Thursday, June 2, 2011

Into the Wild. Wilderness Experiences: Returning to the fundamentals of nature

Into the Wild
Wilderness Experiences: Returning to the fundamentals of nature
Sophia Andes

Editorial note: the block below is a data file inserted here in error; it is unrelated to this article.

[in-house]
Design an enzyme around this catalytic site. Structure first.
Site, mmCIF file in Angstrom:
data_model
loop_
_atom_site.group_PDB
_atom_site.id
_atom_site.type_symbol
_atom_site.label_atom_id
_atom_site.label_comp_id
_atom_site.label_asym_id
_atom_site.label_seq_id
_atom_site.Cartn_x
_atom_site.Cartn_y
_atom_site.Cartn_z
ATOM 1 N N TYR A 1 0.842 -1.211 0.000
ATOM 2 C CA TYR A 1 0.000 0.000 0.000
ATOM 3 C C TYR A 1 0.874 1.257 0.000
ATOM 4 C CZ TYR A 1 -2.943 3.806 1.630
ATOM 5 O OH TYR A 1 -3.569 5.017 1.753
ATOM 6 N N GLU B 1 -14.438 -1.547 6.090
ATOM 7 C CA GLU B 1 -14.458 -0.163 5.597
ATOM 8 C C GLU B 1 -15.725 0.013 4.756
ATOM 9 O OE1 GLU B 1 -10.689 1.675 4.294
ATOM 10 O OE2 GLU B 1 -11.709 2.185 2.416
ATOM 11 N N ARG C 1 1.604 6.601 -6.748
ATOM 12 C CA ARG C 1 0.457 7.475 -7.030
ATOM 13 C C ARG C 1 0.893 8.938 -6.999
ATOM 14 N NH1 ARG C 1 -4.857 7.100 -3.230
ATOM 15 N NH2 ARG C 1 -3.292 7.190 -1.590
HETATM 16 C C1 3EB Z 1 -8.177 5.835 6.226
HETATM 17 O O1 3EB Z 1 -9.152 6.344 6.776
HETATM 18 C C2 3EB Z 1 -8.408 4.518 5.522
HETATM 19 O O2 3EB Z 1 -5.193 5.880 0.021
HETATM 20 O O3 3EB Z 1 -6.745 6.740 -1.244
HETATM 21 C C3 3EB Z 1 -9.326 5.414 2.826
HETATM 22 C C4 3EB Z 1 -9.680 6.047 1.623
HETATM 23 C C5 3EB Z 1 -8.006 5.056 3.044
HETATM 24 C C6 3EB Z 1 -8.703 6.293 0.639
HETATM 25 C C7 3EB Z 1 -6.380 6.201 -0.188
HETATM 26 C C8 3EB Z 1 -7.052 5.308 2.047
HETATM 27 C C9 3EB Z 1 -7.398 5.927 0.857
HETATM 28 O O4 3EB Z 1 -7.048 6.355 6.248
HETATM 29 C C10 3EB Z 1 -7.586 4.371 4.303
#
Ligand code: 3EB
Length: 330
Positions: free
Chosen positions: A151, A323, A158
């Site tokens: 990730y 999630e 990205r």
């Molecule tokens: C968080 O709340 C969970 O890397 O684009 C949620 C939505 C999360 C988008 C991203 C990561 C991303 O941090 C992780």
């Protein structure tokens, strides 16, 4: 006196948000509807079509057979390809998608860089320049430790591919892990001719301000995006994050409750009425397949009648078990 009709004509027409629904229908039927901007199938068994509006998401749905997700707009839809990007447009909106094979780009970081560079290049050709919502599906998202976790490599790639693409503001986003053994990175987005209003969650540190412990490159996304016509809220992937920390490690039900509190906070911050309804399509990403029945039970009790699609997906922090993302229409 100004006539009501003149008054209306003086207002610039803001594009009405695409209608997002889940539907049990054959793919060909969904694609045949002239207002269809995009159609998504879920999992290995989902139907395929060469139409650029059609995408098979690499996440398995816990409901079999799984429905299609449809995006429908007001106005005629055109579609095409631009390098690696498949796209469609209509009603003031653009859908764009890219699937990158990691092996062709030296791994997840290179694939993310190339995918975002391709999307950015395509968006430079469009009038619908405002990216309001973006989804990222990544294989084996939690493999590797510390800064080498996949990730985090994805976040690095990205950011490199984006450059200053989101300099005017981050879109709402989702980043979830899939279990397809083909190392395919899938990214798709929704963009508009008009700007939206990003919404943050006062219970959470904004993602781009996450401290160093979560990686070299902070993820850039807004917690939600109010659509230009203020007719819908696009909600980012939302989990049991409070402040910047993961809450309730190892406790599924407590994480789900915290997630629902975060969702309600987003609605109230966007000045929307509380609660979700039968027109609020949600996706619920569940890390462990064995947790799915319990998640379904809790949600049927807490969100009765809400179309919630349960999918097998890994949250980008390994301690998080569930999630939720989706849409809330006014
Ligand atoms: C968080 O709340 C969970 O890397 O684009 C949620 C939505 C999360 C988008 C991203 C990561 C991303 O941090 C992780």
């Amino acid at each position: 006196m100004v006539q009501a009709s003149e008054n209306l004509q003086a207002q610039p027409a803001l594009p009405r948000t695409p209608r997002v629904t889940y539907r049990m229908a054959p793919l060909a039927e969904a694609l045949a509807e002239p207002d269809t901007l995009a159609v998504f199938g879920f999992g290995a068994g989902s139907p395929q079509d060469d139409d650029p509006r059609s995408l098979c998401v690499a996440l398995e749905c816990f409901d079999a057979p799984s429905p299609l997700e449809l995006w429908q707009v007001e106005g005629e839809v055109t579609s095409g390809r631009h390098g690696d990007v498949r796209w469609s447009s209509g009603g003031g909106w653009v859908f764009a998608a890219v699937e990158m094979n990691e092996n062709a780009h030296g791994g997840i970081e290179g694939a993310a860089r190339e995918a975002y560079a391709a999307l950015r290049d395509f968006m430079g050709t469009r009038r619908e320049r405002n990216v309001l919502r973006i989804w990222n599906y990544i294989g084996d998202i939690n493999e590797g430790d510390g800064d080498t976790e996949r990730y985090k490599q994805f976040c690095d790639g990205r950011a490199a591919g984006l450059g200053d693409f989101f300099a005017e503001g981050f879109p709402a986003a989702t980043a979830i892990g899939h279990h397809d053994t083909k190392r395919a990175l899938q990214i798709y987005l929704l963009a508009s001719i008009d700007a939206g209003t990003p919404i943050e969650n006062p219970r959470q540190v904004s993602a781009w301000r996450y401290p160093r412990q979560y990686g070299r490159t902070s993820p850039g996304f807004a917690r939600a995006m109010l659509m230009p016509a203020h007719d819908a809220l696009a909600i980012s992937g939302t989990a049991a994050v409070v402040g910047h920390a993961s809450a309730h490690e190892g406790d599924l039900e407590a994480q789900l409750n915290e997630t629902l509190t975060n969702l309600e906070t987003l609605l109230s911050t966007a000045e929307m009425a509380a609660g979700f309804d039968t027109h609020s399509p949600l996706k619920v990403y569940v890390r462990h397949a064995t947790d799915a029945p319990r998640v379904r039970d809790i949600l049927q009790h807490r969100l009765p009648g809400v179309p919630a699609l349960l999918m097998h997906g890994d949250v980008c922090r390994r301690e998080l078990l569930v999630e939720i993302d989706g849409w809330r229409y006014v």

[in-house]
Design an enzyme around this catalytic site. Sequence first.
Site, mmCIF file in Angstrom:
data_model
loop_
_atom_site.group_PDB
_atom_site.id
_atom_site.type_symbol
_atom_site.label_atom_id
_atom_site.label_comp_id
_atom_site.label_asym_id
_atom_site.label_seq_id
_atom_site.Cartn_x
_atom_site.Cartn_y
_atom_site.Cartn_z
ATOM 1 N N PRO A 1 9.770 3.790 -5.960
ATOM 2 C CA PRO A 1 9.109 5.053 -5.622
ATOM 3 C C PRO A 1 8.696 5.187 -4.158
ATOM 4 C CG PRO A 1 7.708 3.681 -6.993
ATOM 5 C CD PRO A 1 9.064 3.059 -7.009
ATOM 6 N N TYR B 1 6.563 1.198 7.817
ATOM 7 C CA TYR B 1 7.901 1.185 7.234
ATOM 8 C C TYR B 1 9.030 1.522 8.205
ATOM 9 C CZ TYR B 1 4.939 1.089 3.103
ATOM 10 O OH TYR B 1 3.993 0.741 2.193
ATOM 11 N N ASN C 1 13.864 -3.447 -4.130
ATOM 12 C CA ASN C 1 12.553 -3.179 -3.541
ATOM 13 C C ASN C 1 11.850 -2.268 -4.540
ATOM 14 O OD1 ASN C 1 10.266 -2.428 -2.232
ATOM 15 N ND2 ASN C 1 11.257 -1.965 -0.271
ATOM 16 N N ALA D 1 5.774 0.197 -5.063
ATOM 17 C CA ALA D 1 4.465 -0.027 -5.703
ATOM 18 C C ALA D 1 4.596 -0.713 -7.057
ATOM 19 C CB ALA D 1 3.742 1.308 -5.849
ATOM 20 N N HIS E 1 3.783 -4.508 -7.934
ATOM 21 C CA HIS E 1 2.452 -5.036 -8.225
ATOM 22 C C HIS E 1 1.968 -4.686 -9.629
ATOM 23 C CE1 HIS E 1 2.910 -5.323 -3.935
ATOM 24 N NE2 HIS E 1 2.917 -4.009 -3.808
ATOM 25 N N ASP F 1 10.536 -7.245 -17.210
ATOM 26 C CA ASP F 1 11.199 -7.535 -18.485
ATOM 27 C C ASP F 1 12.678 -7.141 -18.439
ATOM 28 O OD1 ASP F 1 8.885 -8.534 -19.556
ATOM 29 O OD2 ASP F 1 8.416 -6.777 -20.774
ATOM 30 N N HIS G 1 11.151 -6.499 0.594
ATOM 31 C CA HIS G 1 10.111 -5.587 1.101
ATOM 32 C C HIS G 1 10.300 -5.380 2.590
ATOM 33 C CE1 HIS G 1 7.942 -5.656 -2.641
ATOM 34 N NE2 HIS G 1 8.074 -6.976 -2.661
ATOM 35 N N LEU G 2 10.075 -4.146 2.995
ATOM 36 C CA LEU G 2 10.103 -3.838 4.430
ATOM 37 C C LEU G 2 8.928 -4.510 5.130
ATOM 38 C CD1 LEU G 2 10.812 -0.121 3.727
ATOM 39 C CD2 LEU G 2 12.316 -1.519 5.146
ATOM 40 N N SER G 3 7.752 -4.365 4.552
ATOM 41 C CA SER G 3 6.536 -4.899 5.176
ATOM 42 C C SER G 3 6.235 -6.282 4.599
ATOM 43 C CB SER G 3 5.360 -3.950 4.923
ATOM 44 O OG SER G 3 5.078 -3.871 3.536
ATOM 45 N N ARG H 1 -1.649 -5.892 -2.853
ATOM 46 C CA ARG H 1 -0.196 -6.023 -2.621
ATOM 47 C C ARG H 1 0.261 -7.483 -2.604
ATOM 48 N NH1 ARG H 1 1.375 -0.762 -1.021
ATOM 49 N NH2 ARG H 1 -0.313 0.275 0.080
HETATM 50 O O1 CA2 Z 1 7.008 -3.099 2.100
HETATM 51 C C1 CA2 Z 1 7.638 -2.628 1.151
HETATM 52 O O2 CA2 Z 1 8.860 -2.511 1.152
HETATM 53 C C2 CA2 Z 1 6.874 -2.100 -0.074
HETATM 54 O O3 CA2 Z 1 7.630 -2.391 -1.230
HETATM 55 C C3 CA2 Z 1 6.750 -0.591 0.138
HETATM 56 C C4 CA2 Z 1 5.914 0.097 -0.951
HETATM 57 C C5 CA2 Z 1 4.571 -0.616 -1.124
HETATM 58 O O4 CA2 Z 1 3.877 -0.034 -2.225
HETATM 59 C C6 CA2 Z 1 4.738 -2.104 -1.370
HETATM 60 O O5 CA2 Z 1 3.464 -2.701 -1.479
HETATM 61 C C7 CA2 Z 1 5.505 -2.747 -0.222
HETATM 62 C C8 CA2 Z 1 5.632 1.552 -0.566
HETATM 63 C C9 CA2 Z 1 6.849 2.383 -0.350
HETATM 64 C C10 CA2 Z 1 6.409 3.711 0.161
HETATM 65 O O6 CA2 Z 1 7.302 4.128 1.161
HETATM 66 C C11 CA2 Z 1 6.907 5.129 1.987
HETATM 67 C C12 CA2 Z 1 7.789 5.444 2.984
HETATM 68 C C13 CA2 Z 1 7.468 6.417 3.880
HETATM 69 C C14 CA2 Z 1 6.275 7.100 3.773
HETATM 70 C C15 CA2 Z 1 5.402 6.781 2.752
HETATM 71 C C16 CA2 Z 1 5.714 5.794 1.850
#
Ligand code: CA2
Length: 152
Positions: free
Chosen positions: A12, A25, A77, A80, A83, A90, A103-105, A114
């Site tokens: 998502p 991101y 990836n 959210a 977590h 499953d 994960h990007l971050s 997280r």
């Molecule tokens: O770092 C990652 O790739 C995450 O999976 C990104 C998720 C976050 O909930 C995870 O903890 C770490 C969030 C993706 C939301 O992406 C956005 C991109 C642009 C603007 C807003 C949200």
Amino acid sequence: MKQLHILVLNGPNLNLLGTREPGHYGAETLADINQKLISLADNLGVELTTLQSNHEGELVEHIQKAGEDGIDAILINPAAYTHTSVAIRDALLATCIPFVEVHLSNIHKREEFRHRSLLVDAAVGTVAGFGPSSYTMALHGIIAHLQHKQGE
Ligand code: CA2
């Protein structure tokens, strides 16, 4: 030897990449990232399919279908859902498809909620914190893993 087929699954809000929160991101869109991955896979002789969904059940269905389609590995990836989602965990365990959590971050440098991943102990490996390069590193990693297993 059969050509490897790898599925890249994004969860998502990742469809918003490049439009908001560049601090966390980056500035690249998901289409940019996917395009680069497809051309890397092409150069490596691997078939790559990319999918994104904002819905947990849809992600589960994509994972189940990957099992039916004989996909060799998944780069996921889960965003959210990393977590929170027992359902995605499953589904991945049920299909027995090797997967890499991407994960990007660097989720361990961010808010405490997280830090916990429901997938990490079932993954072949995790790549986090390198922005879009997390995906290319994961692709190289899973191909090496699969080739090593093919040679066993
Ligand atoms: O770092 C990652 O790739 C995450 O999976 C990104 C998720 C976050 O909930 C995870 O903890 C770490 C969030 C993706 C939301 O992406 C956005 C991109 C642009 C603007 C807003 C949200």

Nature is an essential and inherent property intrinsic to the continuation of humanity.  Positive wilderness experiences eventuate in a realisation of these elementary origins.  Nature is the fundamental element from which humanity is created, continuously evolving from and finally returned to in death.  Western societies are increasingly removing themselves from natural elements and are instead encompassed by mechanical contraptions, high-rise infrastructure and machines that purge toxic fumes into the air.  This overtly manufactured era has developed a distinct divide between humanity and the natural realm.  The enlightened perceptions generated by wilderness experiences are considered an essential progression towards restoring environmental value and self connection to nature.   This essay is an analysis of the effects pertaining to wilderness experiences for generating human health, wellbeing and transformation of both self and our values towards the environment.  This essay explores the connection to natural religious values and discusses how wilderness experiences inspire spiritual properties.  Finally this essay aims to address why Western society has disconnected itself from nature and will argue that wilderness experiences inspire the return of humanity’s intrinsic desire to reconnect with the divine forces of nature.